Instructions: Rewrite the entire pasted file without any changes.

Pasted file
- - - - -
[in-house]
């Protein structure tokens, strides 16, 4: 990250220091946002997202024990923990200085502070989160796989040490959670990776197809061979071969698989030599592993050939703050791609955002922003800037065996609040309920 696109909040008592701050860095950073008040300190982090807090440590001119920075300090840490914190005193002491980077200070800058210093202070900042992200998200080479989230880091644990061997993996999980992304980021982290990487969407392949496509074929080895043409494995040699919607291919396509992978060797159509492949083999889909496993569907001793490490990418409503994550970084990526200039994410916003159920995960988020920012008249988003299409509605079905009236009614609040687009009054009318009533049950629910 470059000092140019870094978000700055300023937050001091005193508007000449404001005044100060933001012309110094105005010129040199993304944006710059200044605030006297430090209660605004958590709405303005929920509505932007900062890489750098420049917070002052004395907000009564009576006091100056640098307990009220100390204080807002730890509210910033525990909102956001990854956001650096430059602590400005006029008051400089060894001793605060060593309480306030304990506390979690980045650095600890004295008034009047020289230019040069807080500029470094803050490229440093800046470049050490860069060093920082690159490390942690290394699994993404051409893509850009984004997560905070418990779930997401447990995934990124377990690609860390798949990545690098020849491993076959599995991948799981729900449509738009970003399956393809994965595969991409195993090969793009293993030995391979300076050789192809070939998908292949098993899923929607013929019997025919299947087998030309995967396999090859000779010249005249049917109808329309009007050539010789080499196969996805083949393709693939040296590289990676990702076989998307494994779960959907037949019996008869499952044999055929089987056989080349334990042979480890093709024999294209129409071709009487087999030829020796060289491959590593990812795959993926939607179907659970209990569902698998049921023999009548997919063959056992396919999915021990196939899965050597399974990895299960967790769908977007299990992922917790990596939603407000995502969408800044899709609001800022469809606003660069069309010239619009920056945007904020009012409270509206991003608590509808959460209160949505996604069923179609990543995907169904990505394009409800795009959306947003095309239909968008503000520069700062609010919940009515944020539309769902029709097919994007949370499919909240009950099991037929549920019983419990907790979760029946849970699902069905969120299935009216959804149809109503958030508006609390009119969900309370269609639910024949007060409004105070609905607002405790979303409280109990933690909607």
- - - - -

[in-house]
């Protein structure tokens, strides 16, 4: 990250220091946002997202024990923990200085502070989160796989040490959670990776197809061979071969698989030599592993050939703050791609955002922003800037065996609040309920 696109909040008592701050860095950073008040300190982090807090440590001119920075300090840490914190005193002491980077200070800058210093202070900042992200998200080479989230880091644990061997993996999980992304980021982290990487969407392949496509074929080895043409494995040699919607291919396509992978060797159509492949083999889909496993569907001793490490990418409503994550970084990526200039994410916003159920995960988020920012008249988003299409509605079905009236009614609040687009009054009318009533049950629910 470059000092140019870094978000700055300023937050001091005193508007000449404001005044100060933001012309110094105005010129040199993304944006710059200044605030006297430090209660605004958590709405303005929920509505932007900062890489750098420049917070002052004395907000009564009576006091100056640098307990009220100390204080807002730890509210910033525990909102956001990854956001650096430059602590400005006029008051400089060894001793605060060593309480306030304990506390979690980045650095600890004295008034009047020289230019040069807080500029470094803050490229440093800046470049050490860069060093920082690159490390942690290394699994993404051409893509850009984004997560905070418990779930997401447990995934990124377990690609860390798949990545690098020849491993076959599995991948799981729900449509738009970003399956393809994965595969991409195993090969793009293993030995391979300076050789192809070939998908292949098993899923929607013929019997025919299947087998030309995967396999090859000779010249005249049917109808329309009007050539010789080499196969996805083949393709693939040296590289990676990702076989998307494994779960959907037949019996008869499952044999055929089987056989080349334990042979480890093709024999294209129409071709009487087999030829020796060289491959590593990812795959993926939607179907659970209990569902698998049921023999009548997919063959056992396919999915021990196939899965050597399974990895299960967790769908977007299990992922917790990596939603407000995502969408800044899709609001800022469809606003660069069309010239619009920056945007904020009012409270509206991003608590509808959460209160949505996604069923179609990543995907169904990505394009409800795009959306947003095309239909968008503000520069700062609010919940009515944020539309769902029709097919994007949370499919909240009950099991037929549920019983419990907790979760029946849970699902069905969120299935009216959804149809109503958030508006609390009119969900309370269609639910024949007060409004105070609905607002405790979303409280109990933690909607």